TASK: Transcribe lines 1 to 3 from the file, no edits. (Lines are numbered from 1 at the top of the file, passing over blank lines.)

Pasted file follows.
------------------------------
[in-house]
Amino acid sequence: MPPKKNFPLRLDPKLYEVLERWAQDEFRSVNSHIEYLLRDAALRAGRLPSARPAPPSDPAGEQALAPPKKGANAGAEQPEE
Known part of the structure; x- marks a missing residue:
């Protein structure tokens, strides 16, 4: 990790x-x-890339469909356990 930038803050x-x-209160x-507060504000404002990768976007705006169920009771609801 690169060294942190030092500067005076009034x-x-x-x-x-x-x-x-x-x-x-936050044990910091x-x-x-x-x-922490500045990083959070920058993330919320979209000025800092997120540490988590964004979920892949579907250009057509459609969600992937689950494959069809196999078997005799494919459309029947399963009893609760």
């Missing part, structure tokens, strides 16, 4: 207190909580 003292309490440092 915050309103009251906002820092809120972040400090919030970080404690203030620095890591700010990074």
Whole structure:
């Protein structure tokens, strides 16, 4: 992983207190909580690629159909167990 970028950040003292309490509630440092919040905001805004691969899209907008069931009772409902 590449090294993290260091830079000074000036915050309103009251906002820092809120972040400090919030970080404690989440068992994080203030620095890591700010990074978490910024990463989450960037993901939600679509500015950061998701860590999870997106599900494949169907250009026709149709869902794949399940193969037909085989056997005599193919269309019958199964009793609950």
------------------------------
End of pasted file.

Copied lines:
[in-house]
Amino acid sequence: MPPKKNFPLRLDPKLYEVLERWAQDEFRSVNSHIEYLLRDAALRAGRLPSARPAPPSDPAGEQALAPPKKGANAGAEQPEE
Known part of the structure; x- marks a missing residue: